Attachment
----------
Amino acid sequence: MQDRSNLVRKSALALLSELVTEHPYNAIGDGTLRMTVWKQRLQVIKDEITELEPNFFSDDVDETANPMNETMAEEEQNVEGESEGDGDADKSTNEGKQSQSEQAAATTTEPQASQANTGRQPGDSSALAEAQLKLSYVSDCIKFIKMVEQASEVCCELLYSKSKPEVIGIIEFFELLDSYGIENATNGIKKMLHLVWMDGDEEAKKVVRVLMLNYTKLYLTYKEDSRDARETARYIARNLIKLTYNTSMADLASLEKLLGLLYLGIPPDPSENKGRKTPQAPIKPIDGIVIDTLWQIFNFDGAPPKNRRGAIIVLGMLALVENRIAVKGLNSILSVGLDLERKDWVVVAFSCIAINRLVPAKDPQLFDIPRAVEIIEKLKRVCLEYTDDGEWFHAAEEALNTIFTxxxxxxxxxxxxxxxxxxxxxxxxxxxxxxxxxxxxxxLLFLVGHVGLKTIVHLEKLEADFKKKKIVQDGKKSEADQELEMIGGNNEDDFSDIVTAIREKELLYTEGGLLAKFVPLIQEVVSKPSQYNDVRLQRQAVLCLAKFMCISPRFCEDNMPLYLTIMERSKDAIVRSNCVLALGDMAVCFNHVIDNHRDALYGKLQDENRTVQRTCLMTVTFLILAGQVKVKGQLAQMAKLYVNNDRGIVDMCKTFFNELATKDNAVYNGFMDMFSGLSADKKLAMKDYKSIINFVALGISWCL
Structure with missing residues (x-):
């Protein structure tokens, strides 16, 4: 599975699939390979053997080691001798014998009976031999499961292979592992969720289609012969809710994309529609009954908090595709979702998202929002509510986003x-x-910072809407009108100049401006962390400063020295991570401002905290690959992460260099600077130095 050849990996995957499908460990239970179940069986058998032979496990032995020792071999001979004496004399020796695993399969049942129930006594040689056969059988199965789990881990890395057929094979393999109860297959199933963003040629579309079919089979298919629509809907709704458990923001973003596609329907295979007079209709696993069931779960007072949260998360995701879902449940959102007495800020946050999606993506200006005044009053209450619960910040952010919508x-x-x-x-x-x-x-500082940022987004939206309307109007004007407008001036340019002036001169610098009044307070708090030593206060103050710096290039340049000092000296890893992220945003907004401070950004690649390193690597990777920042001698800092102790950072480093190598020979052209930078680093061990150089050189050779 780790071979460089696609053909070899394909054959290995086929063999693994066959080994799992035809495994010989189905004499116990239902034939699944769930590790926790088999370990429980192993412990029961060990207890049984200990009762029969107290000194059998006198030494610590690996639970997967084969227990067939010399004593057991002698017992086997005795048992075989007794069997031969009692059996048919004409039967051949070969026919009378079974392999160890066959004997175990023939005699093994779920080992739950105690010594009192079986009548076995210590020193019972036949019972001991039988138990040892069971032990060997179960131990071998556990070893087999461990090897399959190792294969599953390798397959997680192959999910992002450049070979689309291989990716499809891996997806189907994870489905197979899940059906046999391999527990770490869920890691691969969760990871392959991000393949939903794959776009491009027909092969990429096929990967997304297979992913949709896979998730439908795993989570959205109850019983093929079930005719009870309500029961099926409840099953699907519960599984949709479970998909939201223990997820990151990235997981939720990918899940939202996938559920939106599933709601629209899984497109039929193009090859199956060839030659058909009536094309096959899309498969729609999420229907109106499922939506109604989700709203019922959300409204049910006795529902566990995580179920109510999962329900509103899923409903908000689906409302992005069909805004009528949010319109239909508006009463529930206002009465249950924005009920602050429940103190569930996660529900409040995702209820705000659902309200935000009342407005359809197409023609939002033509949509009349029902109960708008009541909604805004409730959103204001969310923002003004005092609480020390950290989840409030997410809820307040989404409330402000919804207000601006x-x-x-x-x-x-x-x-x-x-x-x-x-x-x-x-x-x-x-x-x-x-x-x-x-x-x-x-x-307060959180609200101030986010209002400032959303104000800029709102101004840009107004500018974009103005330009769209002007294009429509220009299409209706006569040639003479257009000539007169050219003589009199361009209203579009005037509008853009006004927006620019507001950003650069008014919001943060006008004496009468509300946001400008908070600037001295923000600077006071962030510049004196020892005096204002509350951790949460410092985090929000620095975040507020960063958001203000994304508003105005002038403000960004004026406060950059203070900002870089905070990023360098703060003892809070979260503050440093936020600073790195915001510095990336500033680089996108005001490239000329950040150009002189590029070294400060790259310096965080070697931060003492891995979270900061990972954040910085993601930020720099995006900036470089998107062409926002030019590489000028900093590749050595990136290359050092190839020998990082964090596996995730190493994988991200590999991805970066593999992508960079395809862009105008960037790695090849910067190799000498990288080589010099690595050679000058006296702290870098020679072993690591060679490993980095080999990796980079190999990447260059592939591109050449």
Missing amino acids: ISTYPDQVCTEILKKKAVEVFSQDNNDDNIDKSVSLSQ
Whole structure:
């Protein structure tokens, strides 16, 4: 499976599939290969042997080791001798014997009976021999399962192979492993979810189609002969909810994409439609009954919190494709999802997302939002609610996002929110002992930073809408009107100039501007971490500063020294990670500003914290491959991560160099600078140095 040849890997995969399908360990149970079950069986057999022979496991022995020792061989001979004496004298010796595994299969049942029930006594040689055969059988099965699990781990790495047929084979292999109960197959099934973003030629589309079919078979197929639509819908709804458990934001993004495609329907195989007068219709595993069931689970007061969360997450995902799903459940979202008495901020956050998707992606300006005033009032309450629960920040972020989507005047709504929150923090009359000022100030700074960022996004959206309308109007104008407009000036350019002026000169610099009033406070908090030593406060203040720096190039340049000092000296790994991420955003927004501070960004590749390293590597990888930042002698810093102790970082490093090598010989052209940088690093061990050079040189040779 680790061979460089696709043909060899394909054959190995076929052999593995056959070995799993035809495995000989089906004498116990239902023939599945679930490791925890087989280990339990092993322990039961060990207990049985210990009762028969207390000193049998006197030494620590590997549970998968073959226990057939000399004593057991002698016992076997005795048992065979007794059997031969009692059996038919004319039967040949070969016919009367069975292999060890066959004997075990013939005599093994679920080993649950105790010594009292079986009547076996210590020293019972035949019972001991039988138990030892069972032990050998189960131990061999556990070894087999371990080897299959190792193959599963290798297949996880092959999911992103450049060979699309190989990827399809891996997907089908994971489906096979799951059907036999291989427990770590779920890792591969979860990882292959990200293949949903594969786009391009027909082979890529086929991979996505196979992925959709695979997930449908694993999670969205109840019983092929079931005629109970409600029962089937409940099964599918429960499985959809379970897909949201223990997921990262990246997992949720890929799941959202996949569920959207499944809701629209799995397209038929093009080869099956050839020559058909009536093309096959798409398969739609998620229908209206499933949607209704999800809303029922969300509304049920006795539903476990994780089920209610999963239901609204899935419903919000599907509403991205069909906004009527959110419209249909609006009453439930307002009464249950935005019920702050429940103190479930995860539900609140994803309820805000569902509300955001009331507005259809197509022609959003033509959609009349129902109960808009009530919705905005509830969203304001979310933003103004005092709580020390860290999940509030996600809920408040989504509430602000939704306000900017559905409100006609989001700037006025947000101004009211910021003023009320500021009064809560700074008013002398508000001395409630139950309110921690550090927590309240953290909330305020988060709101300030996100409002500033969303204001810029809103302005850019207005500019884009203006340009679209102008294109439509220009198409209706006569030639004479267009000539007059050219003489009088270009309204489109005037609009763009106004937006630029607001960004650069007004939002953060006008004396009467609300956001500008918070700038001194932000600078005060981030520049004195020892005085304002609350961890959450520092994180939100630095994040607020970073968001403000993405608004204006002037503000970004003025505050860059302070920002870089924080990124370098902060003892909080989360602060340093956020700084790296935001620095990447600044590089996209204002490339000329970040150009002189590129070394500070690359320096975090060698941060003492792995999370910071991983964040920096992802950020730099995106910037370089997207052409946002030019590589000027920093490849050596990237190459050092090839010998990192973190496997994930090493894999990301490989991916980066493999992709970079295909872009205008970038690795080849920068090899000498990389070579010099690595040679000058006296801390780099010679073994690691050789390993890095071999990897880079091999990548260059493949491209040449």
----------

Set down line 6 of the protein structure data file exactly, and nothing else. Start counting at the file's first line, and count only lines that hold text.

């Protein structure tokens, strides 16, 4: 499976599939290969042997080791001798014997009976021999399962192979492993979810189609002969909810994409439609009954919190494709999802997302939002609610996002929110002992930073809408009107100039501007971490500063020294990670500003914290491959991560160099600078140095 040849890997995969399908360990149970079950069986057999022979496991022995020792061989001979004496004298010796595994299969049942029930006594040689055969059988099965699990781990790495047929084979292999109960197959099934973003030629589309079919078979197929639509819908709804458990934001993004495609329907195989007068219709595993069931689970007061969360997450995902799903459940979202008495901020956050998707992606300006005033009032309450629960920040972020989507005047709504929150923090009359000022100030700074960022996004959206309308109007104008407009000036350019002026000169610099009033406070908090030593406060203040720096190039340049000092000296790994991420955003927004501070960004590749390293590597990888930042002698810093102790970082490093090598010989052209940088690093061990050079040189040779 680790061979460089696709043909060899394909054959190995076929052999593995056959070995799993035809495995000989089906004498116990239902023939599945679930490791925890087989280990339990092993322990039961060990207990049985210990009762028969207390000193049998006197030494620590590997549970998968073959226990057939000399004593057991002698016992076997005795048992065979007794059997031969009692059996038919004319039967040949070969016919009367069975292999060890066959004997075990013939005599093994679920080993649950105790010594009292079986009547076996210590020293019972035949019972001991039988138990030892069972032990050998189960131990061999556990070894087999371990080897299959190792193959599963290798297949996880092959999911992103450049060979699309190989990827399809891996997907089908994971489906096979799951059907036999291989427990770590779920890792591969979860990882292959990200293949949903594969786009391009027909082979890529086929991979996505196979992925959709695979997930449908694993999670969205109840019983092929079931005629109970409600029962089937409940099964599918429960499985959809379970897909949201223990997921990262990246997992949720890929799941959202996949569920959207499944809701629209799995397209038929093009080869099956050839020559058909009536093309096959798409398969739609998620229908209206499933949607209704999800809303029922969300509304049920006795539903476990994780089920209610999963239901609204899935419903919000599907509403991205069909906004009527959110419209249909609006009453439930307002009464249950935005019920702050429940103190479930995860539900609140994803309820805000569902509300955001009331507005259809197509022609959003033509959609009349129902109960808009009530919705905005509830969203304001979310933003103004005092709580020390860290999940509030996600809920408040989504509430602000939704306000900017559905409100006609989001700037006025947000101004009211910021003023009320500021009064809560700074008013002398508000001395409630139950309110921690550090927590309240953290909330305020988060709101300030996100409002500033969303204001810029809103302005850019207005500019884009203006340009679209102008294109439509220009198409209706006569030639004479267009000539007059050219003489009088270009309204489109005037609009763009106004937006630029607001960004650069007004939002953060006008004396009467609300956001500008918070700038001194932000600078005060981030520049004195020892005085304002609350961890959450520092994180939100630095994040607020970073968001403000993405608004204006002037503000970004003025505050860059302070920002870089924080990124370098902060003892909080989360602060340093956020700084790296935001620095990447600044590089996209204002490339000329970040150009002189590129070394500070690359320096975090060698941060003492792995999370910071991983964040920096992802950020730099995106910037370089997207052409946002030019590589000027920093490849050596990237190459050092090839010998990192973190496997994930090493894999990301490989991916980066493999992709970079295909872009205008970038690795080849920068090899000498990389070579010099690595040679000058006296801390780099010679073994690691050789390993890095071999990897880079091999990548260059493949491209040449």